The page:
Waiting for death, with no help from the church

March 2, 2009 at 12:45 am | Posted in Uncategorized | Leave a comment
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Fulata Moyo

Fulata Moyo

This year’s Commission on the Status of Women is discussing caregiving in the context of AIDS.  This theme is not well understood – and incredibly unequal because women are almost always the ones who care for the sick. Yesterday I heard Fulata Moyo from Malawi and the World Council of Churches talk about losing her sister to AIDS and her husband to cancer.   She focused on lack of care for the caregiver, unpredictable wait for death, and the use of sacred texts to maintain widowhood. What impresses me is that after her husbands death – she went around and told churches how to better care for the caregivers…

When people from the church came to visit me they only said that God would heal my husband.  The church told me over and over that God will heal him.   I did not want to tamper with that so I prayed day and night and did not sleep.  I was giving care to my husband but I also needed care.  Some Christian fundementalists visited the bedside and told me there were symbols on my outfit that were demonic so I burned that outfit.  I loved that outfit.

After he died the church people told me that God was my husband.  But after 6 months I had physical needs.  These are issues women face and they will not talk about it.  I asked my pastor, so God is my husband, what can I do? Our male pastors do not know what pastoral care for women is.  Most women do not talk about this but I do because I am one of the crazy ones.   If I had had daughters they would not have gone to school during this time because you also have to care for all the visitors that come to see the patient.  Praying was seen as the only way to be supportive, if the spirit was OK then the body was OK.  But I needed someone to cook the food.

After he died I went around and talked to churches in the region and shared my experience and called for a greater commitment to pastoral counseling.  My advice to people who are with someone who is dying:  ‘if you don’t have wisdom keep quiet, and don’t talk to a widow about being a husband of god.’


a gospel of gender equality in Papua New Guinea

September 24, 2008 at 4:01 am | Posted in Uncategorized | Leave a comment
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Pastor Michael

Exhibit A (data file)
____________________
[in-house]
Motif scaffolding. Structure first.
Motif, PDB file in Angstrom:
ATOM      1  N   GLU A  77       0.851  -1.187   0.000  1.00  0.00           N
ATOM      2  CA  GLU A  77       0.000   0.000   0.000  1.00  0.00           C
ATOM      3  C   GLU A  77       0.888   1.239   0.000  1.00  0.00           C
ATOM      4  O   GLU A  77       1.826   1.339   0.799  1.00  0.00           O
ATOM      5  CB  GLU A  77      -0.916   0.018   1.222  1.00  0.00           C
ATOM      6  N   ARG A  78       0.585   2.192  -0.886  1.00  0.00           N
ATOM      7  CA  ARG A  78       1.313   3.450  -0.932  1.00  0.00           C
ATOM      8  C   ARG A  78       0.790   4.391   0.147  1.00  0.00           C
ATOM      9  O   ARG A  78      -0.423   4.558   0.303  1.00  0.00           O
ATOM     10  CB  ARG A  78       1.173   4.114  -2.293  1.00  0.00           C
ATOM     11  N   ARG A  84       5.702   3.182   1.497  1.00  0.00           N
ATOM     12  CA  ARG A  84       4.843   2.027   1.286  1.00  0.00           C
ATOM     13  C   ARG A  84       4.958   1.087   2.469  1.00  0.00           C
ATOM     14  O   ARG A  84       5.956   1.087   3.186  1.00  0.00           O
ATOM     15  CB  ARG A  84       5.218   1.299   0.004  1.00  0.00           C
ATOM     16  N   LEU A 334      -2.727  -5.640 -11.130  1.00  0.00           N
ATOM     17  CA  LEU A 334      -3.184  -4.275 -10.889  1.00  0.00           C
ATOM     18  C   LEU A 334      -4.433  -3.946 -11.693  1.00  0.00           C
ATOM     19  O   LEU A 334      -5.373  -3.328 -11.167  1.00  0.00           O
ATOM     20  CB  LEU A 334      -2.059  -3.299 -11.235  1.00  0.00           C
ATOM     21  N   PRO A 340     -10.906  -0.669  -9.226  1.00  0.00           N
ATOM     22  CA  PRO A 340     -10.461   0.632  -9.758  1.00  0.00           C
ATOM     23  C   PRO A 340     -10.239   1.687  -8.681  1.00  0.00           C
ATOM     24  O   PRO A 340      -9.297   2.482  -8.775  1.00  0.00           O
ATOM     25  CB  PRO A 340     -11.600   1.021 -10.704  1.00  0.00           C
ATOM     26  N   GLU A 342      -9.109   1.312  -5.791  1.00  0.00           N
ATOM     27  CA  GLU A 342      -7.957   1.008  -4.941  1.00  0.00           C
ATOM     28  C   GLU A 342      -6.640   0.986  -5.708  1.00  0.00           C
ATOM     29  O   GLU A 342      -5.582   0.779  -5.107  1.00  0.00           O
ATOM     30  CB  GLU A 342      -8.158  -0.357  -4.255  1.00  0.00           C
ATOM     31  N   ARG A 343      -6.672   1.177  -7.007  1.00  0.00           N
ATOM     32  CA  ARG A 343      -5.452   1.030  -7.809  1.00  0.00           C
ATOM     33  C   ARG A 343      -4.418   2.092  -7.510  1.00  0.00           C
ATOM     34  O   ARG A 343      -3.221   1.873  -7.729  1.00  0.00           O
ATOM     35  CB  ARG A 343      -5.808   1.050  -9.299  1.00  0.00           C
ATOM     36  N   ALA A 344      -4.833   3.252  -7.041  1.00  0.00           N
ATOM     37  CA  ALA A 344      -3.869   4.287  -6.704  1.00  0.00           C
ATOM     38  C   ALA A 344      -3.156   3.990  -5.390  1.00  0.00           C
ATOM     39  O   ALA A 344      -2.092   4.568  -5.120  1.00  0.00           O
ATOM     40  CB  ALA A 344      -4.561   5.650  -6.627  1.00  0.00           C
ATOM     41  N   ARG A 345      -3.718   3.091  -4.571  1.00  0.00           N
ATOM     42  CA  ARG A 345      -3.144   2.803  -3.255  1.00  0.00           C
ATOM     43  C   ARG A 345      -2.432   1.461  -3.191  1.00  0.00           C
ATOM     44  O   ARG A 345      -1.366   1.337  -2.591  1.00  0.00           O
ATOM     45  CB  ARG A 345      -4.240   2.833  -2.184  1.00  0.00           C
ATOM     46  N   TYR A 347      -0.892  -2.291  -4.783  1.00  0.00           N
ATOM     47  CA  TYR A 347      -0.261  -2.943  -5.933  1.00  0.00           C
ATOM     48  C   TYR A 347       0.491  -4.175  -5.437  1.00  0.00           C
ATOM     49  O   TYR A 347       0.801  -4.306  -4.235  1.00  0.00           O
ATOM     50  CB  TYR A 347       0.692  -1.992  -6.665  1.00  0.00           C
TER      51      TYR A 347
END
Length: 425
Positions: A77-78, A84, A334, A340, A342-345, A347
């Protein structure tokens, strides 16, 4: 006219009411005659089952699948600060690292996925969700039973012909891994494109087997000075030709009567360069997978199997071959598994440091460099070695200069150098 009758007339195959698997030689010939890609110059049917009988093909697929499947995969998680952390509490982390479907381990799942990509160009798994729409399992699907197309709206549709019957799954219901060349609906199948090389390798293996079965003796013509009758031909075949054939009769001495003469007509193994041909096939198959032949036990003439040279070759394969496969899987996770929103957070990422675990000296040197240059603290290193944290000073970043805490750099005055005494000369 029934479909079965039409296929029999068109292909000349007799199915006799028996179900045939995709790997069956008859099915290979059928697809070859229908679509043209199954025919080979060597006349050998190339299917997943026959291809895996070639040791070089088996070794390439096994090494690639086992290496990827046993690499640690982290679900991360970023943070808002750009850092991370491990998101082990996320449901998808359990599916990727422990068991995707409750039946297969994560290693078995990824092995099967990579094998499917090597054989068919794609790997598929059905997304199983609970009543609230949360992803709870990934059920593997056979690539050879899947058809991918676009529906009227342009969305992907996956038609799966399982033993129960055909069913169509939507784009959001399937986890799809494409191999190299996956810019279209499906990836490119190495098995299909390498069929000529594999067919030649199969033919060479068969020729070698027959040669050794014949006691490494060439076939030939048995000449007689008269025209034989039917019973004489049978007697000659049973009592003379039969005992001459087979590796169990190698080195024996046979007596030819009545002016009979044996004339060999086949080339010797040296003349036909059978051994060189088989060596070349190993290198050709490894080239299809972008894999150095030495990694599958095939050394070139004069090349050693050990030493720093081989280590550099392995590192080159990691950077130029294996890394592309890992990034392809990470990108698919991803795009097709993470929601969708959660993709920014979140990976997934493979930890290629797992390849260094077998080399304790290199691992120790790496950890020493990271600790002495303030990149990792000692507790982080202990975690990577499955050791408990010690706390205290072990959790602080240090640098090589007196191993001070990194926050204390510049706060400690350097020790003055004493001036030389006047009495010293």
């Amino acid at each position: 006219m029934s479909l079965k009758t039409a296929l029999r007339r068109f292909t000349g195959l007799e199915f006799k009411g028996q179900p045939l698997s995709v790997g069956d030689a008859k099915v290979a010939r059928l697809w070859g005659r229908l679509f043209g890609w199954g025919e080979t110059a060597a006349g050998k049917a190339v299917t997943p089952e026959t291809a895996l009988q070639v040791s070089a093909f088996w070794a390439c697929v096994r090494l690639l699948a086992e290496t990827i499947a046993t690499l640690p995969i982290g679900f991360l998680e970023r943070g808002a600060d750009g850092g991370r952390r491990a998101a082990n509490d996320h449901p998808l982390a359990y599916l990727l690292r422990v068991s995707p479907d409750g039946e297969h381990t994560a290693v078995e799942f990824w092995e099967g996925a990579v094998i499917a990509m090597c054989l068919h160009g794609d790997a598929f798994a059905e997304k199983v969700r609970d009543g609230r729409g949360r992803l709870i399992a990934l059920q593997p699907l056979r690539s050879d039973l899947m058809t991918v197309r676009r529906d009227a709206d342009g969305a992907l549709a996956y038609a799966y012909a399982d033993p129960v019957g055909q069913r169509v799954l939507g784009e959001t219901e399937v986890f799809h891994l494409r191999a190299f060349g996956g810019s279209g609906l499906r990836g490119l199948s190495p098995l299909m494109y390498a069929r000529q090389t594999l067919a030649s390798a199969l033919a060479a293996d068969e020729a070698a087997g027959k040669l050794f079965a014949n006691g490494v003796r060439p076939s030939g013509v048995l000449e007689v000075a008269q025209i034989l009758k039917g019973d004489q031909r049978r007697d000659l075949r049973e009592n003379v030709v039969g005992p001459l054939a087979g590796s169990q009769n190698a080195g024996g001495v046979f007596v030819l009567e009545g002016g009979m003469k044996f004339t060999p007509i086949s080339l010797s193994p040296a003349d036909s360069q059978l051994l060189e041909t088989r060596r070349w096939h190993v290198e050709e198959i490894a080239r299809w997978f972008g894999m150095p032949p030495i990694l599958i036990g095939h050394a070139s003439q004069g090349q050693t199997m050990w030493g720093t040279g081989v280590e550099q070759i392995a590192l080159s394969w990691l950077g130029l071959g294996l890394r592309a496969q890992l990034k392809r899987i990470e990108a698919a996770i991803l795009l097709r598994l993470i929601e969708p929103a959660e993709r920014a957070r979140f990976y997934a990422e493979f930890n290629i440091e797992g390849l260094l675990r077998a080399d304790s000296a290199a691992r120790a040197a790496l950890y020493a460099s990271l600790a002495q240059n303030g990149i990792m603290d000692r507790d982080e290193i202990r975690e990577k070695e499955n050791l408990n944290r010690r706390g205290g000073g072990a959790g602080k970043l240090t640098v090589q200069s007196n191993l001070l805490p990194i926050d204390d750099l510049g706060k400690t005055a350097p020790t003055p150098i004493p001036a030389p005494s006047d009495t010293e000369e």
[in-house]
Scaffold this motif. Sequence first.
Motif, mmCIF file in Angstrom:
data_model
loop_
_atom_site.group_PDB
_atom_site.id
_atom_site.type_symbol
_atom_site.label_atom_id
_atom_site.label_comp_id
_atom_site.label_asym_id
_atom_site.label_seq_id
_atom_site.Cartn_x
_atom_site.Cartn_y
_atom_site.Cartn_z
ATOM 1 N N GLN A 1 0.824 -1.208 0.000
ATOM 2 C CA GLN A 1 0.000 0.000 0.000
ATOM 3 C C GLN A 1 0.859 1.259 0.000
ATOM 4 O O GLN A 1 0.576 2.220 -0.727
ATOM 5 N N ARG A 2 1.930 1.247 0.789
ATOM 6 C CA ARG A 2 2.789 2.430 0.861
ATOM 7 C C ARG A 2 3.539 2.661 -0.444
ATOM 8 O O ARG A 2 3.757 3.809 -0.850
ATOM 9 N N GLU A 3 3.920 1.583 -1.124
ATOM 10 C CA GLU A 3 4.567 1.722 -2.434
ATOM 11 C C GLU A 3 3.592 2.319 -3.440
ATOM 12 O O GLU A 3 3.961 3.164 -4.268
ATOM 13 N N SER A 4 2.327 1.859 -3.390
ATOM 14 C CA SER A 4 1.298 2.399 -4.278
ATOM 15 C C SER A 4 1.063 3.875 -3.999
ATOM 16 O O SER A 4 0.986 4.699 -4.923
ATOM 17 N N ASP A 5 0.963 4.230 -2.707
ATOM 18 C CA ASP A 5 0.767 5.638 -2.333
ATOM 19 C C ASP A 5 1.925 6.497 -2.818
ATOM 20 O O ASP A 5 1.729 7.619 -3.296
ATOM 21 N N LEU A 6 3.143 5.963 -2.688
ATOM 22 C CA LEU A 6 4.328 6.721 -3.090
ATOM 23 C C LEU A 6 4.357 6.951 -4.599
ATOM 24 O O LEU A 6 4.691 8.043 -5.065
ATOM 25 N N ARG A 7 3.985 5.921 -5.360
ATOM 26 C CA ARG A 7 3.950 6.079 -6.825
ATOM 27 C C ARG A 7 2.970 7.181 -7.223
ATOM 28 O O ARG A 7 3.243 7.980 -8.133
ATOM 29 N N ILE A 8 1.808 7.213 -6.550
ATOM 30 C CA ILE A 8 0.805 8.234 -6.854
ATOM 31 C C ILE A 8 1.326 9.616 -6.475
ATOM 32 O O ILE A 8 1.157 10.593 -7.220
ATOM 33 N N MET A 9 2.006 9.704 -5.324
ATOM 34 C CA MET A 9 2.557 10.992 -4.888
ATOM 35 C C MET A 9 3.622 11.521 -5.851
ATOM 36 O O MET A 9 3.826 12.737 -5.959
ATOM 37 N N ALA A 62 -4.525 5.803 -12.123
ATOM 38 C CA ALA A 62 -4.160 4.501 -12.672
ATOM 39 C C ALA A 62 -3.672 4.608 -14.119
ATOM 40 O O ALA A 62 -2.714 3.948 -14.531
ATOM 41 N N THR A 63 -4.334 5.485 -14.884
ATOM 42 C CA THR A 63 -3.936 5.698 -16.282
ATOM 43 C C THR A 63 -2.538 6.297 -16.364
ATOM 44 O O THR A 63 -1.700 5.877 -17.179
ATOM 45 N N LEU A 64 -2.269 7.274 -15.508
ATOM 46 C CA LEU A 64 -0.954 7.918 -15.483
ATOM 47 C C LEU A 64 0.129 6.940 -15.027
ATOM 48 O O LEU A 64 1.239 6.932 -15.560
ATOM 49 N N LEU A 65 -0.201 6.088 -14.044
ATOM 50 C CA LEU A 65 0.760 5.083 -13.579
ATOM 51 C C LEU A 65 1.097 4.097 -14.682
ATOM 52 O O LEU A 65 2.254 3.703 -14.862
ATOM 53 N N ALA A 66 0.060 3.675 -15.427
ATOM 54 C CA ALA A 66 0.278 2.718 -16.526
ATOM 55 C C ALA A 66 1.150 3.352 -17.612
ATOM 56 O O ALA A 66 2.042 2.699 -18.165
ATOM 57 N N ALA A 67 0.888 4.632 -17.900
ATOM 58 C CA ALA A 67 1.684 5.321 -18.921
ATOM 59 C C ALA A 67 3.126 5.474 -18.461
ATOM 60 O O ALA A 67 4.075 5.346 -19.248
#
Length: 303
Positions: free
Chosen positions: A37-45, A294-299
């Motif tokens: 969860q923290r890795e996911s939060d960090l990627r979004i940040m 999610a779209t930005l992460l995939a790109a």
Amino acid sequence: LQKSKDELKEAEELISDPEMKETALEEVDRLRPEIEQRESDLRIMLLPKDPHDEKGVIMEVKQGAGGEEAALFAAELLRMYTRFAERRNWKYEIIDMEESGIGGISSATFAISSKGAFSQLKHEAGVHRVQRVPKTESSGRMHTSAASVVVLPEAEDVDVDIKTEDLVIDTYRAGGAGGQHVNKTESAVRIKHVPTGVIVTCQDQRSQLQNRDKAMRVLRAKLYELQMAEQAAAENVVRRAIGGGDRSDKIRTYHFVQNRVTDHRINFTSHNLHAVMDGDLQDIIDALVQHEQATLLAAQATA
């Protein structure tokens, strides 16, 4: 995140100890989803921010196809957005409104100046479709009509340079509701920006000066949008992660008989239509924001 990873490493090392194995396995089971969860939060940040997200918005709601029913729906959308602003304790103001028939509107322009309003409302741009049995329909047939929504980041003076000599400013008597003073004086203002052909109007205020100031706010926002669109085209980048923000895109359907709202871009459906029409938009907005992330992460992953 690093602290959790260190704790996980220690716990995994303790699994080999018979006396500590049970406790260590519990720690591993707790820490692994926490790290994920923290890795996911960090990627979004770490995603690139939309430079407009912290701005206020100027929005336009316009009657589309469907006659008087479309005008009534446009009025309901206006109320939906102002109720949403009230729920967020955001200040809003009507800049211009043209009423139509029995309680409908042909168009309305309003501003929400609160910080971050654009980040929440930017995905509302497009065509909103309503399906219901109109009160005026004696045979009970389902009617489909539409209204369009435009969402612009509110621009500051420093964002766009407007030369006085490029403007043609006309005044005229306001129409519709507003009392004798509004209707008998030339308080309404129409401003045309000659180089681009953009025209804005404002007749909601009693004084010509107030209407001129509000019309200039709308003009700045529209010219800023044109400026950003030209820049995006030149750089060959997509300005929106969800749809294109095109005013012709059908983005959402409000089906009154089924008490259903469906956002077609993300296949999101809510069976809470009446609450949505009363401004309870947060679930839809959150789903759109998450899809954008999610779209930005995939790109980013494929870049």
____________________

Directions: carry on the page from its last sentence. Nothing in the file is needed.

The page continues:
Pastor Michael

I spent the last week in Papua New Guinea – not something I ever expected!  With over 800 languages, communication in PNG is fascinating.  There is no internet and even phones are hard to come by, a few cell phones are here and there.  Most people I met promised to write me — as in a letter.  We will see how that goes.

I went to PNG as an invited guest to a Lutheran women’s conference.  Colonized by Germans, more than one-fifth of the country is Lutheran.  One of the key features of the conference was a bible study called “Jesus Liberates women in PNG from male dominated cultures”.

Growing up, Pastor Michael, a seminary professor, watched his mother suffer in a polygamous marriage. His father, a “bigman” would forceably take the pigs she raised so that he could enjoy a high status in the community, beating her if necessary.  When mensturating, women were (and still are in some places) secluded, and some believe that even the food they touch is contaminated so they are no allowed to cook meals.  After the age of 13, Michael was discouraged from spending time with his mother.  Because of a tradition called the “Bride price” –similar to a dowry– women cannot divorce their husbands because their family is expected to pay the money back. By paying for their wives, it encourages a culture where many men consider their wives a possession. Even though she was often beaten by her husband, his sister was unable to divorce him because of the culture and eventually committed suicide.

All this caused him to read the bible searching for stories of women’s liberation.  At the conference he distributed a 60-page book written in Pidgin (the national language) and English that systematically unwraps the stories of women in the bible to deliver a message of respect and encouragement for women’s leadership.  It ends with a chapter: “Jesus’ approach to the Samaritan Women (and others) could be a model for PNG men to follow”.   Some of the suggestions:

-PNG men should put aside their beliefs of gender-based concepts of clean and unclean…

-Women ought to be given equal invitation and opportunity for leadership roles in the church

-Women should be given equal theological education…

-Women should be ordained

Now – the format of this communication was not modern, it came in a dense booklet – footnotes – even the original greek in some cases.  But this is an oral culture, so the women may not read this thesis booklet, but they will remember his message and retell it in their villages. They asked him to address the synod meeting next year, which will be mainly men, and hopefully this will happen.  In a male-dominated culture, it will help women gain credibility to have a man – and the bible – speaking on their behalf.

I think this was a historic occasion in PNG, and it speaks to the power of education.  He went to school and chose to study this subject and is now preaching a new gospel in his own language in a country that is hungry for it.  The “West” cannot export gender equality, it has to come from up from the grassroots within.  PNG is a very religious country, they have mixed Christianity with their own beliefs and it permeates almost everything they do.   I can’t think of a more credible way for a gender equality movement to gain foothold in this country.

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